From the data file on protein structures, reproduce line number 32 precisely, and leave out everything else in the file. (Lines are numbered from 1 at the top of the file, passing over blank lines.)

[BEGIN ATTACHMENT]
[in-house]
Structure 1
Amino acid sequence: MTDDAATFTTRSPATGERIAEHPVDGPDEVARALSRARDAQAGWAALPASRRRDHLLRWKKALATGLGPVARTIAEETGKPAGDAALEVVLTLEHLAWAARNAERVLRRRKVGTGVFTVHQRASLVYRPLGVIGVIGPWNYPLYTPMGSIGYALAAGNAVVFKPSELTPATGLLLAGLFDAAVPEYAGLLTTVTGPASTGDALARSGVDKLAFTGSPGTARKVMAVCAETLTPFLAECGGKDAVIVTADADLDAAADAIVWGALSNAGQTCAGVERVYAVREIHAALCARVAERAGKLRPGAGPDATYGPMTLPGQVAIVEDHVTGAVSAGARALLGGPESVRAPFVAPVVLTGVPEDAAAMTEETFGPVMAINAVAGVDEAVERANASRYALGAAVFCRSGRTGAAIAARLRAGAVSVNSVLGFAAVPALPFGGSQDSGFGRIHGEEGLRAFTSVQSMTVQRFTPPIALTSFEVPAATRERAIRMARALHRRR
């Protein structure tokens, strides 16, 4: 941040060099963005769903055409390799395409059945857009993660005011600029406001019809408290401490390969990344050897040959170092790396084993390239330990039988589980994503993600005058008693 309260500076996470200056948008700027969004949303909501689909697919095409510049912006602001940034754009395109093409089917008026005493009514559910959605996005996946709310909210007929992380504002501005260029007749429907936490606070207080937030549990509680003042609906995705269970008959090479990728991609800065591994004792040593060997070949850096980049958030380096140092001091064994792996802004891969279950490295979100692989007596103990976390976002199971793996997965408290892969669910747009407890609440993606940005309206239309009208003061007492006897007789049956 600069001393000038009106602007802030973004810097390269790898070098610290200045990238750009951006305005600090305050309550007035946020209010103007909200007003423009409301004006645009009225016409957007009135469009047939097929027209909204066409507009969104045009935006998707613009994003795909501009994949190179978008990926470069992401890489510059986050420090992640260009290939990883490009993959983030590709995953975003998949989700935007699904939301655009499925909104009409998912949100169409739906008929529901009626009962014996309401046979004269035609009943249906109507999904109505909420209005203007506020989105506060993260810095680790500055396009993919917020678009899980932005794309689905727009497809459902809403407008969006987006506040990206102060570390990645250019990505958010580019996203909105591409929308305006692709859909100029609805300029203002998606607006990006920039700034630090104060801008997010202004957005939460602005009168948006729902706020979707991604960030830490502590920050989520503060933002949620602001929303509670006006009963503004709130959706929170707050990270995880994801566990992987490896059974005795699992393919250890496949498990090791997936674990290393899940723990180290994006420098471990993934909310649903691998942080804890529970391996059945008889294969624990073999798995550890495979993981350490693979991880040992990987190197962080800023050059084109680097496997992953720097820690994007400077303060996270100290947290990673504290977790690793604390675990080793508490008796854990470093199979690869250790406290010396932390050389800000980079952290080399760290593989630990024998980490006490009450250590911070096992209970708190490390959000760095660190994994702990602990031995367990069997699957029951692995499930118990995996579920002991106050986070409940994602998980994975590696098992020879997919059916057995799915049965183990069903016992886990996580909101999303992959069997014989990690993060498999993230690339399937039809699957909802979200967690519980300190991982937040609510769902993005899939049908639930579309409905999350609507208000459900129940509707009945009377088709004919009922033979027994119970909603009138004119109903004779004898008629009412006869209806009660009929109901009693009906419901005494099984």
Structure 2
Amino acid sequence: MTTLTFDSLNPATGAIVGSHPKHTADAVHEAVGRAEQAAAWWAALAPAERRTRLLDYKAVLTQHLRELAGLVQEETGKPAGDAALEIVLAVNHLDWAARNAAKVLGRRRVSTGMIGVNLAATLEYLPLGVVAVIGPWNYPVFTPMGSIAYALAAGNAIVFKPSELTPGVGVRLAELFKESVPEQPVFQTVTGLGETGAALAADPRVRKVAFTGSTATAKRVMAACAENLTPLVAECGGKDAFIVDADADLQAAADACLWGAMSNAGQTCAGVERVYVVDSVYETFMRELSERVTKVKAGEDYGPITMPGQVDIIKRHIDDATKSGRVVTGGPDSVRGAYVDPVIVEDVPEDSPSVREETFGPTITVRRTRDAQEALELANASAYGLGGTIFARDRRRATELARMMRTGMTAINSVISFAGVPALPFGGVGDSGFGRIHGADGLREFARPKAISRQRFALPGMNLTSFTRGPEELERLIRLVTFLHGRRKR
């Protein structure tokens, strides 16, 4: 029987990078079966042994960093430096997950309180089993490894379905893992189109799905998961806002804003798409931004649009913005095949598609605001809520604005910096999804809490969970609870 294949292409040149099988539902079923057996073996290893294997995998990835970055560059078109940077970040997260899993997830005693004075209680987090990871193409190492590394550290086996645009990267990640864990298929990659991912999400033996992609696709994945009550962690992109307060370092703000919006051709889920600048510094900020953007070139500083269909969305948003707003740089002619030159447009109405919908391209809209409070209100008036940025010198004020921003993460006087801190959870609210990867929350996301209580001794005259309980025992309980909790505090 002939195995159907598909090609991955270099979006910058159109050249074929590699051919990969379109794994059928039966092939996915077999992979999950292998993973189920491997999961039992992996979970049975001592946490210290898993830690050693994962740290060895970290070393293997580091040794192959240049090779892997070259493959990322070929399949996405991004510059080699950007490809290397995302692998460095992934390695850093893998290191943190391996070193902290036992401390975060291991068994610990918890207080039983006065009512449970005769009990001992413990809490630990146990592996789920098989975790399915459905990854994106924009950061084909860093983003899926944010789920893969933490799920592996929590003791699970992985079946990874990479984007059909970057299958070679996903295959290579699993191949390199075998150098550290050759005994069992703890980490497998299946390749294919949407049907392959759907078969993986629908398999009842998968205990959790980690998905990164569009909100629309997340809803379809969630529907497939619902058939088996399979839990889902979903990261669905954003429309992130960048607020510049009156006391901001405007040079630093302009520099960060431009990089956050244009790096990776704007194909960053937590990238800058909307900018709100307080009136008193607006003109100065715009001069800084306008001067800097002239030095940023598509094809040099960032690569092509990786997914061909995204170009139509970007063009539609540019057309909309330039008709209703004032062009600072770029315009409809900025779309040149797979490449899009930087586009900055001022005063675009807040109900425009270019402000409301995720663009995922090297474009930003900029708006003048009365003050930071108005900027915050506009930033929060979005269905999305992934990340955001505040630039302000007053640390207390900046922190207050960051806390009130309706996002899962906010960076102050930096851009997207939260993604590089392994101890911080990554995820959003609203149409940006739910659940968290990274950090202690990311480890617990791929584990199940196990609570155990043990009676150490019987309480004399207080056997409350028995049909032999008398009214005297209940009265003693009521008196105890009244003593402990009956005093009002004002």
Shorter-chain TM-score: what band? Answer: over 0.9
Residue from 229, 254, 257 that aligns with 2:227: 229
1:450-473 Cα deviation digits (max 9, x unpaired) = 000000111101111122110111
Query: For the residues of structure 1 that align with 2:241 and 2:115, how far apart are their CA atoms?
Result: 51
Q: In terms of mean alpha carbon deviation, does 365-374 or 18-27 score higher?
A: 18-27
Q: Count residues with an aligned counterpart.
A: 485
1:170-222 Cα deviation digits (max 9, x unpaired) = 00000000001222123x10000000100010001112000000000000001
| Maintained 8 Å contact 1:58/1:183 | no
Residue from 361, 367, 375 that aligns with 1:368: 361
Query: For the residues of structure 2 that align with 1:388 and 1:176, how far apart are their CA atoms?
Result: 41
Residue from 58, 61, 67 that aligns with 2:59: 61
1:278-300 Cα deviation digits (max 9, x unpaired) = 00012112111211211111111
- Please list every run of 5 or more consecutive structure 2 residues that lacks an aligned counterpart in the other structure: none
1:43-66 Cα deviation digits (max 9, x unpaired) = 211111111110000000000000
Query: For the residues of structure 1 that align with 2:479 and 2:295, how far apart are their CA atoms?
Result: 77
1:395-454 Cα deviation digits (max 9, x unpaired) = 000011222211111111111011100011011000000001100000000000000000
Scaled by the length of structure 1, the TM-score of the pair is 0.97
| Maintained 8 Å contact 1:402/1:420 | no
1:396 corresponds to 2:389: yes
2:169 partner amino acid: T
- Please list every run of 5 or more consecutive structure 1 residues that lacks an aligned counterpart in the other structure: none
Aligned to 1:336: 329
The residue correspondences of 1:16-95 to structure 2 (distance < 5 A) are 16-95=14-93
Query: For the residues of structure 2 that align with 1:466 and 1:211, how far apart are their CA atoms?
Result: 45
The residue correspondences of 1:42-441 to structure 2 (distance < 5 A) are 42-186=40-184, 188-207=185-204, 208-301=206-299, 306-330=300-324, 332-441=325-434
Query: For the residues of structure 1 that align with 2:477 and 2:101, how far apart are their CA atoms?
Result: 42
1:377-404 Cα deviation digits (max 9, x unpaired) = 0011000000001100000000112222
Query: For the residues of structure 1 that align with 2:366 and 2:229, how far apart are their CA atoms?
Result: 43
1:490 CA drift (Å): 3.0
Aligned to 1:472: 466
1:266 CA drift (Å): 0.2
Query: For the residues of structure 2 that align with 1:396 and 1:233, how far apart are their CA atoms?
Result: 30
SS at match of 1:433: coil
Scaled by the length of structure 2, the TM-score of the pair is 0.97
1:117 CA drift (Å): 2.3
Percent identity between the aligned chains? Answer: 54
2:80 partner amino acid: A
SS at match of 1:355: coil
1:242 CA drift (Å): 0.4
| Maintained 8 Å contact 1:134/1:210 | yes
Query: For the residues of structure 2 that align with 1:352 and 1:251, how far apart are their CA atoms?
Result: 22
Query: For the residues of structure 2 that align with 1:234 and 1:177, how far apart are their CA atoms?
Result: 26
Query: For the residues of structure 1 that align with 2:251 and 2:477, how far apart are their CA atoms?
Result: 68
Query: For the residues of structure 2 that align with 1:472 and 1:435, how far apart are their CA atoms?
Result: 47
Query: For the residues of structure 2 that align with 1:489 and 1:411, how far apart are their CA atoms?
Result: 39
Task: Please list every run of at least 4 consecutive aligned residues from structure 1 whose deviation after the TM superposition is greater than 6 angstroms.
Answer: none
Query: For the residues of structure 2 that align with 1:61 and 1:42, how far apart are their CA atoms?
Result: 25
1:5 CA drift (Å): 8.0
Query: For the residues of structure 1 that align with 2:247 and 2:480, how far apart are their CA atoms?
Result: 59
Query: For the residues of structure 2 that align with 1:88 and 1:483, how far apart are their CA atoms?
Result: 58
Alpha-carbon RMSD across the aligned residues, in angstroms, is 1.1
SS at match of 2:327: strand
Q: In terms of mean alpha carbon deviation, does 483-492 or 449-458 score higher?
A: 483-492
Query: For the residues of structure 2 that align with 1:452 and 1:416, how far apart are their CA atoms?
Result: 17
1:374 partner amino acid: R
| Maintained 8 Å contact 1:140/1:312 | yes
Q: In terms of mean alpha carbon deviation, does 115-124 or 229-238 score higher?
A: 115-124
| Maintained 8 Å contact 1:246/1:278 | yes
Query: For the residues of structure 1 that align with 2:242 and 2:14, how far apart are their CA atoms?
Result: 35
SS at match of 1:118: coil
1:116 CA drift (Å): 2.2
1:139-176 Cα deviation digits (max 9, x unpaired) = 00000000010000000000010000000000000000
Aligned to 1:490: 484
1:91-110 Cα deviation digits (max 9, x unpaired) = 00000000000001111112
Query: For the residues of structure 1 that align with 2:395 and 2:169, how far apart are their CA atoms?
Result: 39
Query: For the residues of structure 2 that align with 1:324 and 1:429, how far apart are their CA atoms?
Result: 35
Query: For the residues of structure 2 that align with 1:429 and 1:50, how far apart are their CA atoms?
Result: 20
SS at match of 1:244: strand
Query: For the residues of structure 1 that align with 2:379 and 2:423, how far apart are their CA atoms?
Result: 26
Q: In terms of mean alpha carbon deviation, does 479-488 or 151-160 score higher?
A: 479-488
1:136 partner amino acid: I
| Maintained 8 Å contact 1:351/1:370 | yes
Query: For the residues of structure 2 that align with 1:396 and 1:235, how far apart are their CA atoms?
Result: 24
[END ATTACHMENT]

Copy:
2:169 partner amino acid: T